3
$\begingroup$

I've been strongly drawn recently to the matter of the fundamental definition of the exponential function, & how it connects with its properties such as the exponential of a sum being the product of the exponentials, and it's being the eigenfunction of simple differentiation, etc. I've seen various posts inwhich clarification or demonstration or proof of such matters as how such & such a property proceeds from its definition as $$e^z\equiv\lim_{k\rightarrow\infty}\left(1+\frac{z}{k}\right)^k .$$ I'm looking at how there is a web of interconnected theorems about this; and I am trying to spin the web as a whole. This is not necessary for proving some particular item to be proven - a path along some one thread or sequence of threads is sufficient for that; but I think the matter becomes 'unified', and by reason of that actually simplified, when the web is perceived as an entirety. This is why I bother with things like combinatorial demonstrations of how the terms in a binomial expansion evolve towards the terms in a Taylor series as some parameter tends to ∞, when the matter at hand is actually susceptible of a simpler proof by taking the logarithm of both sides ... & other seeming redundancies.

To this end, another 'thread' I am looking at is that of showing that the coefficients in the Taylor series for $\ln(1+z)$ actually are a consequence of the requirement that the logarithm of a product be the sum of the logarithms, and ... if not quite a combinatorial derivation of them from that requirement, at least a reverse- (or sideways-) engineering equivalent of it - the combinatorially showing that if the coefficients be plugged into the Taylor series, then the property follows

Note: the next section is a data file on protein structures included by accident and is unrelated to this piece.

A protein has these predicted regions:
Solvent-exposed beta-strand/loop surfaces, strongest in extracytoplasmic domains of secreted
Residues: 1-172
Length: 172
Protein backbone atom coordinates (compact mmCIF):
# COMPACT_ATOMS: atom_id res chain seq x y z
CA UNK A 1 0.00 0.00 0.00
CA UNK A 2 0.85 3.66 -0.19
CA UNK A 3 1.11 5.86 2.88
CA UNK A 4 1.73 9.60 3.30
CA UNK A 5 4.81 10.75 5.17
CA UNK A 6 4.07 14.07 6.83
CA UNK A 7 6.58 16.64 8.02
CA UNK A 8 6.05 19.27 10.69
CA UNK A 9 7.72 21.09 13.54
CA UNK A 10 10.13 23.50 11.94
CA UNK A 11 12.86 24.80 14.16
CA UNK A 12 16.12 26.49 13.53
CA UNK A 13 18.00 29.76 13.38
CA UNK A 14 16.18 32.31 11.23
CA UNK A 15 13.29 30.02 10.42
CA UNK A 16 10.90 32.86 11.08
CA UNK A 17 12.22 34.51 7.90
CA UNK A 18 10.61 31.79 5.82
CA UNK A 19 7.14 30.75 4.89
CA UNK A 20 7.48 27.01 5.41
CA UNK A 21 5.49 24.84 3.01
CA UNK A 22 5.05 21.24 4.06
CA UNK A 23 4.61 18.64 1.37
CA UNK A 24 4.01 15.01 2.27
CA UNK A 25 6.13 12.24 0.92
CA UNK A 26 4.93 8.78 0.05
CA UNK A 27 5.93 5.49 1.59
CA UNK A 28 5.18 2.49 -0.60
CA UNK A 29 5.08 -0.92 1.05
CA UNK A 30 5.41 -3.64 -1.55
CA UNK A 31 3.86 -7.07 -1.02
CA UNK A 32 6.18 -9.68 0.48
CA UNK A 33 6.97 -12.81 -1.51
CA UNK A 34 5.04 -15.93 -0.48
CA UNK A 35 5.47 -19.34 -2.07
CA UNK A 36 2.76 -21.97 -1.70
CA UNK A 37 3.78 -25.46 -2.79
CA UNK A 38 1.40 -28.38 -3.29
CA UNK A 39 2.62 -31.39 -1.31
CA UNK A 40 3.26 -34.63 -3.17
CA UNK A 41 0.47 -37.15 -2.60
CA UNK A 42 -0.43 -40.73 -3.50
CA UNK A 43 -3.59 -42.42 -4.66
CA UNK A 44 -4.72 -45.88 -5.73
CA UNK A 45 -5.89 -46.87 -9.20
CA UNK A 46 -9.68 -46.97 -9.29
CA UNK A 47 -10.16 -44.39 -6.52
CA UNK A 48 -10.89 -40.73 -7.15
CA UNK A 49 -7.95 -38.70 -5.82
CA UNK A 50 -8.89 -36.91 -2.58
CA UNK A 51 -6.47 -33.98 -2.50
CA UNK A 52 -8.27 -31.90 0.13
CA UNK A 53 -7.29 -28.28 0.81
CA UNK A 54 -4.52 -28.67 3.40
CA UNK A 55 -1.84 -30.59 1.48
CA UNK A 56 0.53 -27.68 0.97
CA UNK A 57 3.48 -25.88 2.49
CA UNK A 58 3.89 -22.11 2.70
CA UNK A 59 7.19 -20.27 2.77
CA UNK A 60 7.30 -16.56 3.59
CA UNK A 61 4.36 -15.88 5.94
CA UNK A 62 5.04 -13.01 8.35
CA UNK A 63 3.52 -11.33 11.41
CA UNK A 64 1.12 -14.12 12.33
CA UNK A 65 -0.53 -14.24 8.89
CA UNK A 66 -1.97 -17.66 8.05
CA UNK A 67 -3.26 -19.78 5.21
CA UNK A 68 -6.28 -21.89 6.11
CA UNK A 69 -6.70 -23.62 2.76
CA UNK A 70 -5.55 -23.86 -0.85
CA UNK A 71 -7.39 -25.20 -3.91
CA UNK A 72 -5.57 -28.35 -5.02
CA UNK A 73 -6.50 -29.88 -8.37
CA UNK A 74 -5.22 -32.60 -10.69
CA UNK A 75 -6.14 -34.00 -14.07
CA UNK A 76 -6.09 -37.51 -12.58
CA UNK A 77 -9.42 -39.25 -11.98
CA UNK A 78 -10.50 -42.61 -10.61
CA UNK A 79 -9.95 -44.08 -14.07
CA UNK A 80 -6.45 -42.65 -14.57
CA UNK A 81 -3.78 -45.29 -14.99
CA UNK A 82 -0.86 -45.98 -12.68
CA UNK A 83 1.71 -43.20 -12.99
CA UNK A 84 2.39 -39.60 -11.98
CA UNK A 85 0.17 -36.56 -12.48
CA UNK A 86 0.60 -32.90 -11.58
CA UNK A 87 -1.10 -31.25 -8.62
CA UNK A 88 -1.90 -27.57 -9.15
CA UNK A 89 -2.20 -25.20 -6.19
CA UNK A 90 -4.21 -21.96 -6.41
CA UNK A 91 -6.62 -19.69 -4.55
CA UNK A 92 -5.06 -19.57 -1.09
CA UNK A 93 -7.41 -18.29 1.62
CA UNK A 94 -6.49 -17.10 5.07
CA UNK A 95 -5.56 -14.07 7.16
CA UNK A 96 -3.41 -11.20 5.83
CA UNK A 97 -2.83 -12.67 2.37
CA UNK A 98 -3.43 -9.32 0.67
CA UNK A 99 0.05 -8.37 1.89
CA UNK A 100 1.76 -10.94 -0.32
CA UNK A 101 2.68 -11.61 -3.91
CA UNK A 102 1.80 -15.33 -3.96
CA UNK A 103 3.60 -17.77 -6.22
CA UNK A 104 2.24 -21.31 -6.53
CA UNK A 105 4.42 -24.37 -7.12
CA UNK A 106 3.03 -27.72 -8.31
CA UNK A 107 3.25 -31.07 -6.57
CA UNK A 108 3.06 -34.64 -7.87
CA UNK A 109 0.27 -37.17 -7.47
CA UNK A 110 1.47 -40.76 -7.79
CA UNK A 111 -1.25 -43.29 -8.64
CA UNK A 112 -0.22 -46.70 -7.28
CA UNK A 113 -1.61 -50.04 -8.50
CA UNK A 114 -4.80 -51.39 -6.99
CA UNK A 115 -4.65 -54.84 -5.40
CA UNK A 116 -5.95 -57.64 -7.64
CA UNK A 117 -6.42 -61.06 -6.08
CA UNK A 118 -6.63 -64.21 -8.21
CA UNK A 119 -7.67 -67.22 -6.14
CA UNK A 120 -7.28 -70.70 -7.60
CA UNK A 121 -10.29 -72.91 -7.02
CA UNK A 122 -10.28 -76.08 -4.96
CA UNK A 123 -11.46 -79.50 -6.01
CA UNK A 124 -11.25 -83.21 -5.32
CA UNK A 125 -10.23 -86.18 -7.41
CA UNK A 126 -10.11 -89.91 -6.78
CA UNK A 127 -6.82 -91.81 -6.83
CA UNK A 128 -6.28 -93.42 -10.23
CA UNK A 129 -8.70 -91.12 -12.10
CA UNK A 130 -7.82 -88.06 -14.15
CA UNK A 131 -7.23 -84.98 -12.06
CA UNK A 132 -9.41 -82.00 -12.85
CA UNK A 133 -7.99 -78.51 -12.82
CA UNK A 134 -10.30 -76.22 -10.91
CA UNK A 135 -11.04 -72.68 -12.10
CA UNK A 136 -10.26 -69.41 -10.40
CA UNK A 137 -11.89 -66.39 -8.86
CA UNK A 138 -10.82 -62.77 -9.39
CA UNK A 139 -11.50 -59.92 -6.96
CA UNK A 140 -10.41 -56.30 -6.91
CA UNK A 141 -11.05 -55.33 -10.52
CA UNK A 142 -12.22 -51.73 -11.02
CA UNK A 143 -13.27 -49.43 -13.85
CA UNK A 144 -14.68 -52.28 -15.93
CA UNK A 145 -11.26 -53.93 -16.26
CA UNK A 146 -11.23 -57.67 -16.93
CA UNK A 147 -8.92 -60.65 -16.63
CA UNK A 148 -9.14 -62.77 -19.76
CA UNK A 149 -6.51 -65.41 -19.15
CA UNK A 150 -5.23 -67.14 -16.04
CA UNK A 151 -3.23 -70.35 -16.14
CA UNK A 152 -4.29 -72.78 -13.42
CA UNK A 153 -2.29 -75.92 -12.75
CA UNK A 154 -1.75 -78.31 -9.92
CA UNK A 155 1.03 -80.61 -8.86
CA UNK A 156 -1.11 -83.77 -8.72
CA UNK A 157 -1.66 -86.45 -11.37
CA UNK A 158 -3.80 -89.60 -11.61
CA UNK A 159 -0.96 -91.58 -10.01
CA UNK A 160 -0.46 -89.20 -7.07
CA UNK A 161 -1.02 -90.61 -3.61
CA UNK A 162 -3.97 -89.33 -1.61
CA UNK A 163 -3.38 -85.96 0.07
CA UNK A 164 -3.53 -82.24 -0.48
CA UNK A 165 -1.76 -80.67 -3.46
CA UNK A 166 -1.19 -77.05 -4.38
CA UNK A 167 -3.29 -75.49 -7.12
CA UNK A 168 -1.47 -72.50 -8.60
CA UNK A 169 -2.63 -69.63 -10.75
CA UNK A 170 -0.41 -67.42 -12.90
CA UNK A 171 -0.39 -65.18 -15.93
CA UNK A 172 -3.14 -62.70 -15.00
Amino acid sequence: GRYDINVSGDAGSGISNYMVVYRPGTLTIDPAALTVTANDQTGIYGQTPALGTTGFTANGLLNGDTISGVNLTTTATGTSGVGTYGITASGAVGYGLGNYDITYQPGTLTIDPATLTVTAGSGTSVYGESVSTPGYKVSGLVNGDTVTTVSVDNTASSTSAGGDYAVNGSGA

Taking the approach that $$(1+x)(1+y) = 1+x+y+xy ,$$ plugging $z=x+y+xy$ into the series for $\ln(1+z)$ and hoping that all non-fully-homogeneous terms cancel out, leaving sum of the series for $\ln(1+x)$ & that for $\ln(1+y)$, we are left with proving that

$$\sum_{k=1}^\infty\left((-1)^k(k-1)!×\sum_{p\inℕ_0,q\inℕ_0,r\inℕ_0,p+q+r=k}\frac{x^{p+r}y^{q+r}}{p!q!r!}\right)$$$$=$$$$\sum_{k=1}^\infty(-1)^k\frac{x^k+y^k}{k} .$$

The inner sum of the LHS of this quite appalling-looking theorem is the trinomial expansion of $(x+y+xy)^k$ for arbitrary $k$, & the outer sum is simply the logarithm Taylor series expansion (with its $k$ in the denominator 'absorbed' into the combinatorial $k!$ in the numerator of the inner sum) . This theorem can be quite easily verified by 'brute force' - simply doing the expansions at the first (very!) few terms; but the labour of it escalates extremely rapidly. An algebraic manipulation package would no-doubt verify it at a good few more terms; but what I am looking-for is a showing of the fully general case: but I do not myself have the combinatorial toolage for accomplishing this.

So I am asking whether anyone can show me an outline of what to do ... or even actually do it for me, although that would probably take up a very great deal of space and be an extremely laborious task for the person doing it ... so I'm content to ask for just an outline of doing it, or for some 'signposts' as to how to do it - maybe someone knows some text on this kind of thing that they would recommend.

$\endgroup$
1
$\begingroup$